Construction contractors in the UK who are owed an estimated Â£250 million by Dubai developers are still holding their breath after the Abu Dhabi bailout announcement, according to a leading industry body.
In anticipation that about $5.9 billion of the total $10 billion rescue will go towards the payment of the Gulf stateâ€™s construction and other trade debts, the Association for Consultancy and Engineering (ACE), which represents some of the UKâ€™s largest contractors, said that the success of the handout would depend on the cash being deployed quickly.
Nelson Ogunshakin, chief executive of ACE, told The Times: â€œWhile the amount of money that should go towards construction debts is encouraging, the question is how quickly it is used and what will be the priorities for where the money will go. It is early days yet.
â€œWe encourage payment as soon as possible. We need to keep the pressure on to ensure projects continue to go ahead. Some companies are now getting close to the point where they will be in difficulties with their own short-term financial position unless they receive payment very soon.â€
UK-based construction companies including Balfour Beatty, Carillion and WS Atkins, the engineering consultancy, all have operations in Dubai, albeit scaled back over recent months.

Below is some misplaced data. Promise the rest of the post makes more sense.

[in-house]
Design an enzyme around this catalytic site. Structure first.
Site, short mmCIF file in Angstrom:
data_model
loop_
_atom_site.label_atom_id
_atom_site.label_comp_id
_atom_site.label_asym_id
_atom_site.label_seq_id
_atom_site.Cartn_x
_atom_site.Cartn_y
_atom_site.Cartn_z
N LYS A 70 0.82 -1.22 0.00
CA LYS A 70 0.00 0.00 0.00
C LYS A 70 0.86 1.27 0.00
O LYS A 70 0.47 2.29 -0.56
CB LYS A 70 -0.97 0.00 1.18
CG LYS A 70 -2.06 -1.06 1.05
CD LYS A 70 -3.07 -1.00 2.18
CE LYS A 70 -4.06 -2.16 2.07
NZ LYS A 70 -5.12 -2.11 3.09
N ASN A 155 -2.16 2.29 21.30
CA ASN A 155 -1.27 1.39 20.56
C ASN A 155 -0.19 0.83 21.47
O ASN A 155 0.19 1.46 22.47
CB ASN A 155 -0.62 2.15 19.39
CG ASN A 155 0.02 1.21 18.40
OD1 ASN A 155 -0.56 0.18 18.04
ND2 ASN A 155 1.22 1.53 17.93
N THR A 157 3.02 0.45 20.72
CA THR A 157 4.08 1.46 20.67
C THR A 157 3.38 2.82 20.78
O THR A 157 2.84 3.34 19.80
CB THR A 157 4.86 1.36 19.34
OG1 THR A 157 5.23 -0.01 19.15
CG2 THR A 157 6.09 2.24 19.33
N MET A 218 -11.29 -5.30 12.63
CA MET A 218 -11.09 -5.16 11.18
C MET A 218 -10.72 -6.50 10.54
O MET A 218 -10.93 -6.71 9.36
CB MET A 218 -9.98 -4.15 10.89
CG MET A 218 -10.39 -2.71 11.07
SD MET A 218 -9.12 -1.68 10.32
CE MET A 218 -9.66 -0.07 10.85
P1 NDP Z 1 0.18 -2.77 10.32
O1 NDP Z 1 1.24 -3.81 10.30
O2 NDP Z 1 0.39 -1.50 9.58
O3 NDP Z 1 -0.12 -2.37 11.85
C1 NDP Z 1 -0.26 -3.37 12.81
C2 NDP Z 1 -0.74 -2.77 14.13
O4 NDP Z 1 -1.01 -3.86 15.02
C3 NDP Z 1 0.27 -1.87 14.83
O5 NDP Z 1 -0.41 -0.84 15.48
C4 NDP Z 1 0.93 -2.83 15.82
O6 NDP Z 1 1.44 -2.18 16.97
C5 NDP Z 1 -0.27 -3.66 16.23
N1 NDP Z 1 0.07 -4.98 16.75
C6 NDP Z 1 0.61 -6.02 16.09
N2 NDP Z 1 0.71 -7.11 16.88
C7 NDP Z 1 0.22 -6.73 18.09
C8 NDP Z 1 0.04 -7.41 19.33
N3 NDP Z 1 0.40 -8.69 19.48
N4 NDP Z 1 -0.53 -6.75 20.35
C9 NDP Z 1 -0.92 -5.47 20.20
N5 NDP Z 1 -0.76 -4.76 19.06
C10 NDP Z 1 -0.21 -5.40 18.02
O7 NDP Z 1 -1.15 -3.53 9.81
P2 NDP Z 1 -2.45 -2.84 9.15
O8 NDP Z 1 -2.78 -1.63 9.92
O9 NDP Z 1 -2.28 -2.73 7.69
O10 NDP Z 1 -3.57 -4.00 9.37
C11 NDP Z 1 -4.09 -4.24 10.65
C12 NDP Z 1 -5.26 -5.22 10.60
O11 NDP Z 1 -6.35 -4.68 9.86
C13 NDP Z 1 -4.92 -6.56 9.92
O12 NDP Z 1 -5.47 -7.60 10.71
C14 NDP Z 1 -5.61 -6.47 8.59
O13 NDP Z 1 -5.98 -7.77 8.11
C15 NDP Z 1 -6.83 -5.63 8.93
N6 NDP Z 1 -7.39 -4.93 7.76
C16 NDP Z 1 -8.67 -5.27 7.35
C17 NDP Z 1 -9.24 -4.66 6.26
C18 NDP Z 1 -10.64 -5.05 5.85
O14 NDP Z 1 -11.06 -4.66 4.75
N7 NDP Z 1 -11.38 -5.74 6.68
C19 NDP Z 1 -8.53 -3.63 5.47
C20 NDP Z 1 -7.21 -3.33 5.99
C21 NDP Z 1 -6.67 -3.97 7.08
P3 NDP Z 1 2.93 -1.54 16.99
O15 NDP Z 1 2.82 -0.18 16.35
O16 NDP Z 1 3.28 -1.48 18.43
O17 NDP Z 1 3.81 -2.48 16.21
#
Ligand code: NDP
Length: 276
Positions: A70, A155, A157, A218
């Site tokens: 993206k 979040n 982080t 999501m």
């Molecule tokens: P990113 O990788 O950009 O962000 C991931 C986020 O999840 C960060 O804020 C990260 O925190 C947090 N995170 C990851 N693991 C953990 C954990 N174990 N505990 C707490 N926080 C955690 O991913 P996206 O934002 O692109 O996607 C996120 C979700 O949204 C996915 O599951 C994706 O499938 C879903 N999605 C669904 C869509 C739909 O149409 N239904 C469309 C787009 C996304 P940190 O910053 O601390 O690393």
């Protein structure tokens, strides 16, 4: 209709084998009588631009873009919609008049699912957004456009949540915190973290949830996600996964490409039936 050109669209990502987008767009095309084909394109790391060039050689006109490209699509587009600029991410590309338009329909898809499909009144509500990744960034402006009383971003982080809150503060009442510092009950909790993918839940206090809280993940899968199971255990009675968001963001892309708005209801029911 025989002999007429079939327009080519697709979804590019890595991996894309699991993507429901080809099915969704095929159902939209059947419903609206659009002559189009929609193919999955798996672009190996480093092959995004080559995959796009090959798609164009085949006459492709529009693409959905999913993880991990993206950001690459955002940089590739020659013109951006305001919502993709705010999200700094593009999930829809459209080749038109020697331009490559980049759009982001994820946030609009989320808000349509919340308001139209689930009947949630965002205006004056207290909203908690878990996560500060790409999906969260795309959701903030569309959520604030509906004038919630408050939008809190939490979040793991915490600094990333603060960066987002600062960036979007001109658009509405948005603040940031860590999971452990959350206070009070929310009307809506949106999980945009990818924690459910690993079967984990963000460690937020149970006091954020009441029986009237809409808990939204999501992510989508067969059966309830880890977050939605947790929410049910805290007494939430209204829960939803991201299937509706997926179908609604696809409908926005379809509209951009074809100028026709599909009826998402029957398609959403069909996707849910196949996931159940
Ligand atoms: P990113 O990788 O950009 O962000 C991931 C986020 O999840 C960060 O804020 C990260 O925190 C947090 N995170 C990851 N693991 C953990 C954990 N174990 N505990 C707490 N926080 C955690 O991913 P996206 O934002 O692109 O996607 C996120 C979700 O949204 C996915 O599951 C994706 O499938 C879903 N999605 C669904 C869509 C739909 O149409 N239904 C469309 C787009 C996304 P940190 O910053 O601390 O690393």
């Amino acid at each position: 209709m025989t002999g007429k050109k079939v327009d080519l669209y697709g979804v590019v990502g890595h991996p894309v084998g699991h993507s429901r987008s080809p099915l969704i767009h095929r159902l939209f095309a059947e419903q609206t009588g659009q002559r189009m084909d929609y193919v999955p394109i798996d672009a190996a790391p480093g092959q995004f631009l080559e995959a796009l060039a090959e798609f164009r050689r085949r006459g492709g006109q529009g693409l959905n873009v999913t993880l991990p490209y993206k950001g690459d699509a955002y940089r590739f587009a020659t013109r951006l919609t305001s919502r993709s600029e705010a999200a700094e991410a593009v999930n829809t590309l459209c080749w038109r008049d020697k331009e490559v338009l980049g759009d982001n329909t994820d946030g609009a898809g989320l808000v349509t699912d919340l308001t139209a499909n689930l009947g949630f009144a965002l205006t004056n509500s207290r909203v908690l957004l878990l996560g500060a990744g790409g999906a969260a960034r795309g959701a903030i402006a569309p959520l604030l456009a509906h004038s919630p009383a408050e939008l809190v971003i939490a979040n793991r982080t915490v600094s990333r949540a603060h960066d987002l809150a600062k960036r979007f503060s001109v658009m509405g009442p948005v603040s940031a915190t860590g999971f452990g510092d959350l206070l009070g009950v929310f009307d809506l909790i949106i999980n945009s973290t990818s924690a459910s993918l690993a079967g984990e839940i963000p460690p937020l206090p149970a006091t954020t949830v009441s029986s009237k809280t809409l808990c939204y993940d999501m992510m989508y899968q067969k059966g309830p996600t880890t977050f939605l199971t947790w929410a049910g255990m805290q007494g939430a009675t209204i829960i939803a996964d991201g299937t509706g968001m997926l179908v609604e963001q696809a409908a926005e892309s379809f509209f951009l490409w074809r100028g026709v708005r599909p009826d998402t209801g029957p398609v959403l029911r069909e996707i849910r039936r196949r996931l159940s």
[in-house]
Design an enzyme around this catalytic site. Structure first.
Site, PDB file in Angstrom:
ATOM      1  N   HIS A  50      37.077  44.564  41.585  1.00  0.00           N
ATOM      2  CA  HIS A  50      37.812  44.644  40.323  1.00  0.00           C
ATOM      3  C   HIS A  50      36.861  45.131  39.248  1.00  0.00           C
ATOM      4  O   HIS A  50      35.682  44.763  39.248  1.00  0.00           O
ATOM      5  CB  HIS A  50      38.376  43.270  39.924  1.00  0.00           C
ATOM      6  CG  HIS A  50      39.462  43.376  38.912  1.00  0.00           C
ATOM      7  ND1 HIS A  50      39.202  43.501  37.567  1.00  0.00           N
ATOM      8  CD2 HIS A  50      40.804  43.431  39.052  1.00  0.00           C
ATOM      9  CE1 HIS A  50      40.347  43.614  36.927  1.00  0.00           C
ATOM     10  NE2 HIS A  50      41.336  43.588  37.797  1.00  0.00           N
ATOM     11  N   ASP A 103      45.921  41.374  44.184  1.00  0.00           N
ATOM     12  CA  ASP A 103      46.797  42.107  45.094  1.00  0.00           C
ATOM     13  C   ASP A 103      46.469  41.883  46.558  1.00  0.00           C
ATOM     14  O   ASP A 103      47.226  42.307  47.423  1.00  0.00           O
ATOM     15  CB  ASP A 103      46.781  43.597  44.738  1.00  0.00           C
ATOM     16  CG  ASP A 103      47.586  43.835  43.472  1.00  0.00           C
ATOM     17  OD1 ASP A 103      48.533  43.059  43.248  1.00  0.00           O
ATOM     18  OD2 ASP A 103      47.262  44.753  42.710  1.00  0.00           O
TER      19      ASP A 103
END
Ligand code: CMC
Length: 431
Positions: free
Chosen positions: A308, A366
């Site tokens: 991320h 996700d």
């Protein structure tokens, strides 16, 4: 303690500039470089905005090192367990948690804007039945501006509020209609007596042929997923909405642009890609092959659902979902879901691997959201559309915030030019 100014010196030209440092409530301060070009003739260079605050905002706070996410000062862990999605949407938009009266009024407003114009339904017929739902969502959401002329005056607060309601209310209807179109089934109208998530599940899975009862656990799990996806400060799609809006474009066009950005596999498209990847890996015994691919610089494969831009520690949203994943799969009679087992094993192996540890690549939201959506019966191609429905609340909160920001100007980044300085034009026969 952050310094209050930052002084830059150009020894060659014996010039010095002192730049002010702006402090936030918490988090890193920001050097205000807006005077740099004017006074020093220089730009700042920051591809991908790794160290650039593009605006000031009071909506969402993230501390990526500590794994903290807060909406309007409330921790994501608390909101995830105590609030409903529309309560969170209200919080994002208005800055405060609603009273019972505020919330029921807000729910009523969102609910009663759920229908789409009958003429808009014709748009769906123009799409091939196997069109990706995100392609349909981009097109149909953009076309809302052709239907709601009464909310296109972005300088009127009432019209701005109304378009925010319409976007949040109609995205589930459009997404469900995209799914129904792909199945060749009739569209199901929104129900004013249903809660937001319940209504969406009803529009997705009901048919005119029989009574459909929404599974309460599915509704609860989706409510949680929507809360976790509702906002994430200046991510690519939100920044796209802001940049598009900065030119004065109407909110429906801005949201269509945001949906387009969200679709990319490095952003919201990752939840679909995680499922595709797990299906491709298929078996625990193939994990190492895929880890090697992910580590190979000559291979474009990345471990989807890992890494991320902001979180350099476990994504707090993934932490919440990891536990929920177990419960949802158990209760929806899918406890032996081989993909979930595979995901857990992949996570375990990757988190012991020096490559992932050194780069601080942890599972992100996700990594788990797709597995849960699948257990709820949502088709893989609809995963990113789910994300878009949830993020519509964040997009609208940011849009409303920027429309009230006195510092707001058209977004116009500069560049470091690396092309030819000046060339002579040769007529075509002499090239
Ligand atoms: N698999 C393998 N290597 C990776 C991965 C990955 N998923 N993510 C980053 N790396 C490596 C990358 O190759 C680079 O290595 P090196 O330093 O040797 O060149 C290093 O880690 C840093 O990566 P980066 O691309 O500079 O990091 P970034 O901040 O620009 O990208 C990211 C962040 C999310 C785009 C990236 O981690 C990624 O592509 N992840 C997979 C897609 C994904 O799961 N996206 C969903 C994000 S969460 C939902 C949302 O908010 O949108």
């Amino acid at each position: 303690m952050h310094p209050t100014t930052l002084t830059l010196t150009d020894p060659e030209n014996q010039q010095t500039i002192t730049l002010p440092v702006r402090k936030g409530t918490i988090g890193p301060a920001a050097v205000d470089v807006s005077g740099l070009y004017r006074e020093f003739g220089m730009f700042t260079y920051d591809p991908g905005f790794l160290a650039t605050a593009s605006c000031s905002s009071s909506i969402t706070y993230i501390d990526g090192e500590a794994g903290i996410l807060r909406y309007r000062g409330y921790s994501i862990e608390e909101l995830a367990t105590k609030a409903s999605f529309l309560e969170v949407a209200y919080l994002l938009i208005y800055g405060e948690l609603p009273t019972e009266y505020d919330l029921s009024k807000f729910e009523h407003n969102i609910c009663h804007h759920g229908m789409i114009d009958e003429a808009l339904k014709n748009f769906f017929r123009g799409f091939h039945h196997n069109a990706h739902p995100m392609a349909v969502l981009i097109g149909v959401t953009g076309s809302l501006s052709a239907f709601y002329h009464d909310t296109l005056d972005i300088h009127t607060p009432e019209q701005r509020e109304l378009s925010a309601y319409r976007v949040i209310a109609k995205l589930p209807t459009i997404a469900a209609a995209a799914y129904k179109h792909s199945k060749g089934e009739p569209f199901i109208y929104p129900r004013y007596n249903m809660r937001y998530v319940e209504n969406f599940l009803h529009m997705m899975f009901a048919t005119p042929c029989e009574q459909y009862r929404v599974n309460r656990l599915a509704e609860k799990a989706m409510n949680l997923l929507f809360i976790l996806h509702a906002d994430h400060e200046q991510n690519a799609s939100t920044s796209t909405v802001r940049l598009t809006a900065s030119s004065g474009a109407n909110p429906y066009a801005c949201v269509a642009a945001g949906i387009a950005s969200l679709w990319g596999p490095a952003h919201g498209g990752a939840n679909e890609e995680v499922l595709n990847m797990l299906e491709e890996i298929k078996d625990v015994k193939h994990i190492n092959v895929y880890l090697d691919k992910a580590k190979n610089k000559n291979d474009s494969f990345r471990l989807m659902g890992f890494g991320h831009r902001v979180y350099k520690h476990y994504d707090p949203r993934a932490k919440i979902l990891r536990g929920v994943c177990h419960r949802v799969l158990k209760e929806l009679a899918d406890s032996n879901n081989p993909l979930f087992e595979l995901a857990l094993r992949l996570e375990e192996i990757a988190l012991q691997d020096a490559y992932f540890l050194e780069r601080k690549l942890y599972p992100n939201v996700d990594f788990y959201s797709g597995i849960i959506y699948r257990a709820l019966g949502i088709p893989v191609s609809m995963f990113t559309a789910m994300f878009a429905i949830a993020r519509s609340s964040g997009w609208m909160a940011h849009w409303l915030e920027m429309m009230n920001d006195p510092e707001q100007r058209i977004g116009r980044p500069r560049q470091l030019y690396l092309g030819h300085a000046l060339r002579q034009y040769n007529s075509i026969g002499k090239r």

The problem of late payments first emerged in Spring this year, according to ACE, with some contractors chasing the same debts for more than six months. The total amount outstanding owed to the Associationâ€™s members has fallen from Â£400 million to Â£250 million over the period, with around 30 per cent of all contractors still pursuing payments.
The majority of construction firms remain reluctant to discuss the problem of delayed repayments despite yesterdayâ€™s bailout, fearing that they will jeopardise future relationships with clients. However, a spokesman for Atkins said that it is â€œconfident that the Middle East market will recoverâ€ and pledged to maintain its presence in the region as the liquidity issues are resolved.
ACE said that Dubaiâ€™s debt problems should act as a warning sign for contractors who plan to work for sovereign-backed developers in future.
Mr Ogunshakin said: â€œThere are lessons to be learned from this situation for anyone entering into contractual relationships with quasi-sovereign backed private sector clients on how those contracts are dealt with when there are issues of default. We hope that in the future other organisations, in whatever country, bear those lessons in mind.â€